A diverse industry that plants, grows and harvests fruit, nuts, vegetables and nursery products on a large scale, in both under-cover (hydroponics/greenhouse) and outdoor (field) systems. 

Key updates

Decline in overall horticulture farm labour use
Data from the ABARES’ farm survey reported a decrease of 20% in total labour use since 2020, including both domestic and migrant workers. This is consistent with the declining number of Australian workers in key occupations (crop farmers, crop farm workers, and packers) in the ABS’s Labour Force Survey.

Robust growing conditions are heralding high labour demand
The industry has seen minimal frost events and good rainfall from the latest La Nina cycle, leading to reports of record crop volumes. However, data from the ABS’ Labour Force Survey in Nov 2023 suggest insufficient labour, as the number of hours worked per person rose to an all-time-high for some key occupations (e.g. crop farmers and crop farm workers at 86.5 hrs/week). 

Seasonal labour supply boosted by increase in Pacific Australia Labour Mobility Scheme (PALM) workers. 
Despite challenges in domestic labour supply, Migration Statistics showed that the number of PALM workers increased from 4,629 in 2022 to 30,350 in 2023.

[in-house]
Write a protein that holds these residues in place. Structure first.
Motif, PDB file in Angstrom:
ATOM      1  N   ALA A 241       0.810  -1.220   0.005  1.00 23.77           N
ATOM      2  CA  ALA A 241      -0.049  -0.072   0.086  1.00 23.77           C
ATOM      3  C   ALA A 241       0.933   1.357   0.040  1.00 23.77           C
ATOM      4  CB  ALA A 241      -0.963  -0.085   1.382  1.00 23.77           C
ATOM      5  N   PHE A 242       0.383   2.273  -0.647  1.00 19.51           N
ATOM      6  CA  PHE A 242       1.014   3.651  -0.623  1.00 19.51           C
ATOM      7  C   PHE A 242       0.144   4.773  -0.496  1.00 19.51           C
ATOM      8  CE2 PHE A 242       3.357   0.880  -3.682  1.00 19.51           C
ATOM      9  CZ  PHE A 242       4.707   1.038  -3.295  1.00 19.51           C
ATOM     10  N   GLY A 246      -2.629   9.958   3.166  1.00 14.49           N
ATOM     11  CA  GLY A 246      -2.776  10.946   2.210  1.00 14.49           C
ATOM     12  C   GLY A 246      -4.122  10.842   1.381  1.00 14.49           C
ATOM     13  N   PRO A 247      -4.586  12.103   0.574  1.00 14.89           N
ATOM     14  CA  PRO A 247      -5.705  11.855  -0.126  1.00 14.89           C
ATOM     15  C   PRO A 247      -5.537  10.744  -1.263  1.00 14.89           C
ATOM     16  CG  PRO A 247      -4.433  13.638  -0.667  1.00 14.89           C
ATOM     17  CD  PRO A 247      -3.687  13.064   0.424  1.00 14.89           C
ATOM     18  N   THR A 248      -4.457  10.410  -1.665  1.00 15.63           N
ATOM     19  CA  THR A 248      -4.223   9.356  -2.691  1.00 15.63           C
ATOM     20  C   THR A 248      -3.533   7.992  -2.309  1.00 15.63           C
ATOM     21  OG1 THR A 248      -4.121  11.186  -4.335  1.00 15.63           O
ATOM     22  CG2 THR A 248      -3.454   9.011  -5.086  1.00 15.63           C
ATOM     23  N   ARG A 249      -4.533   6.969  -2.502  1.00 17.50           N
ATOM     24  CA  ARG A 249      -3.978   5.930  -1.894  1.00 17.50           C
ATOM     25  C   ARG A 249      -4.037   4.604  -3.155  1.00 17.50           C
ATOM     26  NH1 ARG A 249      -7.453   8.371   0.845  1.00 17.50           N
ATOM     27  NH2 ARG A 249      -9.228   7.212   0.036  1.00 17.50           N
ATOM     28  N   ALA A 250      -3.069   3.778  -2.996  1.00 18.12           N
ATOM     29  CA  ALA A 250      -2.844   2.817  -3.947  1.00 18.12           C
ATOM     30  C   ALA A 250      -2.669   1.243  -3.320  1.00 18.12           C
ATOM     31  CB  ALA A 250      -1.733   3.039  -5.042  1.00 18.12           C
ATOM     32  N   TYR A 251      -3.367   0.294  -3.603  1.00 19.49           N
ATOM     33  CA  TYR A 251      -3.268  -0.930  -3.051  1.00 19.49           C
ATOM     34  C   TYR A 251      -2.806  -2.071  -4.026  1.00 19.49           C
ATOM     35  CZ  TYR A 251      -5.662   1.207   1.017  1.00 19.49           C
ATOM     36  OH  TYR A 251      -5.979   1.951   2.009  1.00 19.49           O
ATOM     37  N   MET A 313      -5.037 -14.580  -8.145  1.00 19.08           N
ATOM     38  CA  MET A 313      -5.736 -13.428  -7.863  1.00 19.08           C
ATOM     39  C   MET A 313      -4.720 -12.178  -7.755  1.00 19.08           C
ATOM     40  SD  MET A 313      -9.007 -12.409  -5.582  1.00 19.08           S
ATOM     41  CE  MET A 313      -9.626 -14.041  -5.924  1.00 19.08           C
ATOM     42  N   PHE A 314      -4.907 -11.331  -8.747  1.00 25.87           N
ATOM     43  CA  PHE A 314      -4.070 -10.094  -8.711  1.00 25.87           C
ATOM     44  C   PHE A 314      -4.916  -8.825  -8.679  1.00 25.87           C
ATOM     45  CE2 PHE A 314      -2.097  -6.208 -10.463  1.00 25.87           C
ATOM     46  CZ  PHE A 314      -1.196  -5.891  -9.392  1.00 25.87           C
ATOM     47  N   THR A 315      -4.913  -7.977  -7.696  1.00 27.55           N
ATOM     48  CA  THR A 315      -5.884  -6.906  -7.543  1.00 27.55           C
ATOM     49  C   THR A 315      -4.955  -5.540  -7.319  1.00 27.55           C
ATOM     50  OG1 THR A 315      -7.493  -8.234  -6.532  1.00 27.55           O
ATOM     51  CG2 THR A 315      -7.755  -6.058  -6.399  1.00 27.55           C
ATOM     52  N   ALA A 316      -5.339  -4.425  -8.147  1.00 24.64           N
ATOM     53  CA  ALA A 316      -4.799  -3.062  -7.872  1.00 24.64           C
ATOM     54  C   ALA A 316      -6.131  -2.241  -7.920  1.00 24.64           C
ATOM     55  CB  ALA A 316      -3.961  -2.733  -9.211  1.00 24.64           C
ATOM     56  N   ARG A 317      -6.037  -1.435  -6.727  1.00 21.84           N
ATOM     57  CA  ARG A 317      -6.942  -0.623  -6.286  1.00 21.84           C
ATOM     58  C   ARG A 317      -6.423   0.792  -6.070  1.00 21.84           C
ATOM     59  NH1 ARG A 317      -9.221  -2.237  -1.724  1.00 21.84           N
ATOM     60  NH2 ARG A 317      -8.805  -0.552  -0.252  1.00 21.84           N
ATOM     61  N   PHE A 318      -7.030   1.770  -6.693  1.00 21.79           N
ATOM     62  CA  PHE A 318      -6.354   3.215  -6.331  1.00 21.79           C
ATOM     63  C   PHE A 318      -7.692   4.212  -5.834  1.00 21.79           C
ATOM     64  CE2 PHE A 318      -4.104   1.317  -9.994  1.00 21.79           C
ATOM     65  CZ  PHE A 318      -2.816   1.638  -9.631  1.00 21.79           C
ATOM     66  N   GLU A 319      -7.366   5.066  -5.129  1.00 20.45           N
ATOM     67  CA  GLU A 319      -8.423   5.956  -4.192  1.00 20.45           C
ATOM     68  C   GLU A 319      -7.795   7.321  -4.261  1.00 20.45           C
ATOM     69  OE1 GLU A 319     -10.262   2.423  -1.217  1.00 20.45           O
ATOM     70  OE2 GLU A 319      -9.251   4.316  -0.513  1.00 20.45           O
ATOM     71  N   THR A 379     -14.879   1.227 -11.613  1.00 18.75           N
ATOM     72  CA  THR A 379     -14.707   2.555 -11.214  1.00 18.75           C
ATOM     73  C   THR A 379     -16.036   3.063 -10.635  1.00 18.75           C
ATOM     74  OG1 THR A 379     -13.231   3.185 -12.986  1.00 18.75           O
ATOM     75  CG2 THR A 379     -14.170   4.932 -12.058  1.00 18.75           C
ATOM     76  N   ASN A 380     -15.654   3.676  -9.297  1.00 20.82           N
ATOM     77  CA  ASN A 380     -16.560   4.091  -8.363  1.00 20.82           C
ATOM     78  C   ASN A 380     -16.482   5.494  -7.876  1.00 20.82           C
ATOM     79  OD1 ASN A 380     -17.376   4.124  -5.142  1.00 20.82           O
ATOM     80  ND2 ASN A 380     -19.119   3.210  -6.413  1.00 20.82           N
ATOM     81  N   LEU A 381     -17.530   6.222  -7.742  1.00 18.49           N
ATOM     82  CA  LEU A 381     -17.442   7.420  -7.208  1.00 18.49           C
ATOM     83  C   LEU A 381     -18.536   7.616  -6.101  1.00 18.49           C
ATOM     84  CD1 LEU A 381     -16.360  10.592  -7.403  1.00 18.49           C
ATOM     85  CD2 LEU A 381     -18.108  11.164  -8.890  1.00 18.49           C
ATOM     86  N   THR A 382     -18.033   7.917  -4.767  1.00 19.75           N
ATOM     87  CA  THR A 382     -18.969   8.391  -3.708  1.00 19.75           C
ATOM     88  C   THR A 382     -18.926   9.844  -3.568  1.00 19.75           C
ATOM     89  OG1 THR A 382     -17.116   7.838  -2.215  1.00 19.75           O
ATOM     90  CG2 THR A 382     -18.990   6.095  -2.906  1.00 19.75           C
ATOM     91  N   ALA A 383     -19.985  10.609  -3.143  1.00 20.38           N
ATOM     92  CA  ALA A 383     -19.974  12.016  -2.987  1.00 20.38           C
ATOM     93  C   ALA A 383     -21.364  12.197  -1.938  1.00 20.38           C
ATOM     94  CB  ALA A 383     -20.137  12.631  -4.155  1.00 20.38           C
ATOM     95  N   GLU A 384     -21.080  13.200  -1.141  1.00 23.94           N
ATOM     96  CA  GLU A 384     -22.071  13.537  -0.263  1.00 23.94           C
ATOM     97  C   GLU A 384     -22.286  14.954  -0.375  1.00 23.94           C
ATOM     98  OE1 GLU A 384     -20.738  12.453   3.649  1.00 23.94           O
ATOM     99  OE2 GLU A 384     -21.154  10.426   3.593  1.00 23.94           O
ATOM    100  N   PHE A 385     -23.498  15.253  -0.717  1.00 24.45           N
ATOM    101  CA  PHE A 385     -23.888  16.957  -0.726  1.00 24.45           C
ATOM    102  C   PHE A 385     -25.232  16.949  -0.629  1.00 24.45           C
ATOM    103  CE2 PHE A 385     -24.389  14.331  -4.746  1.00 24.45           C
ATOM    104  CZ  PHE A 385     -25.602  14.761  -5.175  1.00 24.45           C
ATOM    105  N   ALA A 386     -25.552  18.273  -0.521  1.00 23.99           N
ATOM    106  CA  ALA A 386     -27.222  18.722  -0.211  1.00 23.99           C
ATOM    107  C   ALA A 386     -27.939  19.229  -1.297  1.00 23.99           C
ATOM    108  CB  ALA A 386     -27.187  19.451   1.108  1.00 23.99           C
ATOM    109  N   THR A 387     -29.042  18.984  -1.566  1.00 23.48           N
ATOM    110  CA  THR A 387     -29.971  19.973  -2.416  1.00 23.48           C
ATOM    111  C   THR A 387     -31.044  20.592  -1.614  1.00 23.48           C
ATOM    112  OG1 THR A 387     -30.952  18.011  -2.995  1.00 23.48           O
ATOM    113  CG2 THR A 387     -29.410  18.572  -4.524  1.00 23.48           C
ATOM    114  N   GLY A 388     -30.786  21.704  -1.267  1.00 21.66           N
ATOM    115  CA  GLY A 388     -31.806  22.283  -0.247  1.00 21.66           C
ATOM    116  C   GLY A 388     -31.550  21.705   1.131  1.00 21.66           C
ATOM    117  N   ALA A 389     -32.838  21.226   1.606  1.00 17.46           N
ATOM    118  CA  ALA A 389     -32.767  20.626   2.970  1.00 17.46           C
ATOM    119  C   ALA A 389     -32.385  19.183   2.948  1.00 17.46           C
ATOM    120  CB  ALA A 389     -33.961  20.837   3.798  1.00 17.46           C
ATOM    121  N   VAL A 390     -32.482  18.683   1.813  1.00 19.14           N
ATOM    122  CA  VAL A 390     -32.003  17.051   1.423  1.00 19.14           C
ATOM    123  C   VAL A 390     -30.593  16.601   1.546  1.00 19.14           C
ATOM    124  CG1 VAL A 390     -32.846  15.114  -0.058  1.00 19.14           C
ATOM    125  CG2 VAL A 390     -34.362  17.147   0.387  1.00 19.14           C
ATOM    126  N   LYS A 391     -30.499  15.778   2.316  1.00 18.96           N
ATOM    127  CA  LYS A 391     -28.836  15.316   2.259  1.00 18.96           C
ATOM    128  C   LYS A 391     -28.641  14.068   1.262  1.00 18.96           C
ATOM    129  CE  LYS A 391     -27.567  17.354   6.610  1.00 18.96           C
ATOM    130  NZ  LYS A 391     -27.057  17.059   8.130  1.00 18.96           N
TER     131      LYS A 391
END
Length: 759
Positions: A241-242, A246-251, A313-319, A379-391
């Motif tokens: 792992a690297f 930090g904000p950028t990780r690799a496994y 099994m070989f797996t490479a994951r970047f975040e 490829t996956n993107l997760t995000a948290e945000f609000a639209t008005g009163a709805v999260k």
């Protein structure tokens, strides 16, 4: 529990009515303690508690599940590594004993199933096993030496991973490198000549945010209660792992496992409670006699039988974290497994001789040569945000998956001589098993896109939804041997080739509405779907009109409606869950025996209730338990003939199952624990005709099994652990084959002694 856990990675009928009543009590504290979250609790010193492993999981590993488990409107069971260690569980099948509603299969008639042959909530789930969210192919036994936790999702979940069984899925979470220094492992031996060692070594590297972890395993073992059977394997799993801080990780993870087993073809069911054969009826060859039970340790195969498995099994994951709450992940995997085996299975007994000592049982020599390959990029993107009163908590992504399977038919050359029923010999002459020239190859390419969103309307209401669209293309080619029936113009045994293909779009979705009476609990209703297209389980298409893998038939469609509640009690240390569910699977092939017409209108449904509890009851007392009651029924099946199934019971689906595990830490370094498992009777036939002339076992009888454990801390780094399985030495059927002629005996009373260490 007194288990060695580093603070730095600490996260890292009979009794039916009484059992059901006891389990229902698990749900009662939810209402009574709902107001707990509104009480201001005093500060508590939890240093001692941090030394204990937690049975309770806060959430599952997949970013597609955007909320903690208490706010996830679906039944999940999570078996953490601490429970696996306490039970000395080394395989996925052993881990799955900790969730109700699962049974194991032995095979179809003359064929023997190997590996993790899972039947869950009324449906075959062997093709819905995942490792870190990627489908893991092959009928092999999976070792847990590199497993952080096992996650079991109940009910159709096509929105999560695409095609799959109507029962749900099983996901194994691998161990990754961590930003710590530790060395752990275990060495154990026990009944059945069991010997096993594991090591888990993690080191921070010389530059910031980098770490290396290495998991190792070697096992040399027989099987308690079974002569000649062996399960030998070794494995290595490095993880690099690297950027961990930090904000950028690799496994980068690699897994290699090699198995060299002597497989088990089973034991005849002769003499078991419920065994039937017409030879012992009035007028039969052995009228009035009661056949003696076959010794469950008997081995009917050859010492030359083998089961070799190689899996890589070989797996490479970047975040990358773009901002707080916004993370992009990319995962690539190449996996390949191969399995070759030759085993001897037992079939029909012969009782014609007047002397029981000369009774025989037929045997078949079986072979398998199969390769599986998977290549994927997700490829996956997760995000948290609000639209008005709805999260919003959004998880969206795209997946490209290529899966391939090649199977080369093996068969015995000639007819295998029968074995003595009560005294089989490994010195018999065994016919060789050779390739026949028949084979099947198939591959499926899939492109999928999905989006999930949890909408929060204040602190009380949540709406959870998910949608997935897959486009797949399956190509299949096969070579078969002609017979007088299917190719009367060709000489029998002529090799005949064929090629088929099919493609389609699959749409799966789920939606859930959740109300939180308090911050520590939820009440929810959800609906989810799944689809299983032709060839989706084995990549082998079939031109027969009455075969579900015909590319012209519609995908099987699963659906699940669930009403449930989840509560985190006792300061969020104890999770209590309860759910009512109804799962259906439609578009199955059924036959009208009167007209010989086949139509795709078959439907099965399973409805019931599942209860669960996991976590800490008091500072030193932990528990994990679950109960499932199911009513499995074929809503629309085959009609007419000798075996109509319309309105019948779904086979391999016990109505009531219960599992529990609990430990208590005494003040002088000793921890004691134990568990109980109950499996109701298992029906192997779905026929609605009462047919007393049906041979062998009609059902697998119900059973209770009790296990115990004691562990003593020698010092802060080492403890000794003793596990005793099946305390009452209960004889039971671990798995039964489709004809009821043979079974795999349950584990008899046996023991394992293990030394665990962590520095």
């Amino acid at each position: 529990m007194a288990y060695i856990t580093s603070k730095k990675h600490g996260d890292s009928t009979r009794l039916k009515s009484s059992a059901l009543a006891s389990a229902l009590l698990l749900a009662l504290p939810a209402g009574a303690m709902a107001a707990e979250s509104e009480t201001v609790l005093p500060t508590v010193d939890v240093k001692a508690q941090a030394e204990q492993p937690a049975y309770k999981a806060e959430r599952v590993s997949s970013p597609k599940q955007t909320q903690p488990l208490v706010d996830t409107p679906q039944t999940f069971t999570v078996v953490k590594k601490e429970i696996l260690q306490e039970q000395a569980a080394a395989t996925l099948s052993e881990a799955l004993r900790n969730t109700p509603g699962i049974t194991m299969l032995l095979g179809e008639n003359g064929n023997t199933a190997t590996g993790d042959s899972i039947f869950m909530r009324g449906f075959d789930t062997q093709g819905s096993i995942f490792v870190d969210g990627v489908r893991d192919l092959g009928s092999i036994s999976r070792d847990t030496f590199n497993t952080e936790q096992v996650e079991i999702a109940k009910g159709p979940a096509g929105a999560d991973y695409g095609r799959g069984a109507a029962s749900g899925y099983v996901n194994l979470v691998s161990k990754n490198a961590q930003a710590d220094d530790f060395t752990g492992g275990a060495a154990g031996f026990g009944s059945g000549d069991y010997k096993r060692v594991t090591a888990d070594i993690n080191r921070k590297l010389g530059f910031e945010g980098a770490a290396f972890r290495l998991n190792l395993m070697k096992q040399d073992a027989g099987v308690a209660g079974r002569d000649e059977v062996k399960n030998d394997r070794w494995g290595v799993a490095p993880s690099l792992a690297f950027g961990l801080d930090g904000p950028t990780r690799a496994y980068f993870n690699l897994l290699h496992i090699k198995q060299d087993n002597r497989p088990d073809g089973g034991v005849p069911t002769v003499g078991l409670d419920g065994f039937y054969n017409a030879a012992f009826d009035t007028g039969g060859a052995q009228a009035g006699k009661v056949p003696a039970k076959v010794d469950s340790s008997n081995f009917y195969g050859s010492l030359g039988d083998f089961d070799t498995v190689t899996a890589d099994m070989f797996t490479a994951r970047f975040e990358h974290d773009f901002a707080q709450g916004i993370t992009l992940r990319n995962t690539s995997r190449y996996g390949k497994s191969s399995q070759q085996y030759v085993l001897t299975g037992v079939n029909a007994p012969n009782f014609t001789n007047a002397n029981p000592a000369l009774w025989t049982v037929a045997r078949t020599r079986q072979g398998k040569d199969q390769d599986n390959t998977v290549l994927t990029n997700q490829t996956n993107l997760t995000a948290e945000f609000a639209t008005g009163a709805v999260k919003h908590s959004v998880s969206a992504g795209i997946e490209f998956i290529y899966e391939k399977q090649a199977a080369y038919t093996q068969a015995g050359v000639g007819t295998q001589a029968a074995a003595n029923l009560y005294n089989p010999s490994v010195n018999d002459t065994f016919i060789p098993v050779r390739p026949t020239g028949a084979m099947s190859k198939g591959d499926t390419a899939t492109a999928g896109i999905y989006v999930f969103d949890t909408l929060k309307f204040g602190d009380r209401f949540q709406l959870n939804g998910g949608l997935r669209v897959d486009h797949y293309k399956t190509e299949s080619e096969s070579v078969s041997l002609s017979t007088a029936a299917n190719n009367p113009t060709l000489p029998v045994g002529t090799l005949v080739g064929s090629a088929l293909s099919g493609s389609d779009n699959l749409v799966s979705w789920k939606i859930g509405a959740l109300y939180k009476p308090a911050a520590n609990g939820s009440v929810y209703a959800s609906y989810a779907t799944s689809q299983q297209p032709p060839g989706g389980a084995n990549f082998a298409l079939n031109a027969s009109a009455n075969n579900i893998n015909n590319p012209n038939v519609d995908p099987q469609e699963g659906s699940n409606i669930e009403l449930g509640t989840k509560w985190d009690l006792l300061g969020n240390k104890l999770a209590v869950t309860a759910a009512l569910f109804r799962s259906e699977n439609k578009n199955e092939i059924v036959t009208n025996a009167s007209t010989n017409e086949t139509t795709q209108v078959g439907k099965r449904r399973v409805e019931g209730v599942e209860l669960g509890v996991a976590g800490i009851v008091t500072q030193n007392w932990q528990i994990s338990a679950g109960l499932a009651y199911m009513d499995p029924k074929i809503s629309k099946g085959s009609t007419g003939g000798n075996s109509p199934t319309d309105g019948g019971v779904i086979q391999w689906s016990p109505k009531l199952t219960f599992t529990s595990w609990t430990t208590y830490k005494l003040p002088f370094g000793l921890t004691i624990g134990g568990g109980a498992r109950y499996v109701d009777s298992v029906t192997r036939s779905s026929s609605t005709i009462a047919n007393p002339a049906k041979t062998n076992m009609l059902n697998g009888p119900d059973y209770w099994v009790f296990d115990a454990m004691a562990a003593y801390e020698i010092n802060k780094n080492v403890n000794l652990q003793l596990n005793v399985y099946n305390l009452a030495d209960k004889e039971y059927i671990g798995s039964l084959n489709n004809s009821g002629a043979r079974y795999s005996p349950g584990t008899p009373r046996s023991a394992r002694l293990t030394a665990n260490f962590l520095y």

Job mobility
Regional differences in horticulture labour use can enable greater mobility throughout the year.

Technological advances
Adoption of computer-controlled production systems have enabled growers to consistently grow quality products, whilst limiting costs and environmental concerns.

Policy changes
From 2025, intentional wage underpayments by employers will be a criminal offence. In addition to higher minimum wages and piecework rates in the Horticulture Award in 2022, these are positive catalysts for improved working conditions.


Skills shortage
Parts of the industry remain highly reliant on seasonal and migrant labour needs. Where return rates are low, this generates high training and administration costs that can negatively impact workforce efficiency.

Input costs/output prices
Whilst the value of commodities are forecasted to fall in 2023-24, farm input costs remain high that may impact work attractiveness and workforce development.

Impact of Trade Agreements
The recent trade agreement with the UK, has resulted in a lack of UK backpackers, which has raised concerns about labour availability in the industry.


(2021 Census)


First Nations
(2021 Census)


2028 Projection
(JSA Projections)


(2021 Census)

Workforce Plan 2024

The Workforce Plan describes workforce challenges and skill opportunities identified by stakeholders across the industries we work with and outlines strategies to address them.

The 2024 Workforce Plan outlines four key Workforce Planning Priorities to guide the strategies and planning of our JSC work, retaining the strategic intent of the Initial Workforce Plan, with modifications to align with the Australia Government’s White Paper on Jobs and Opportunities.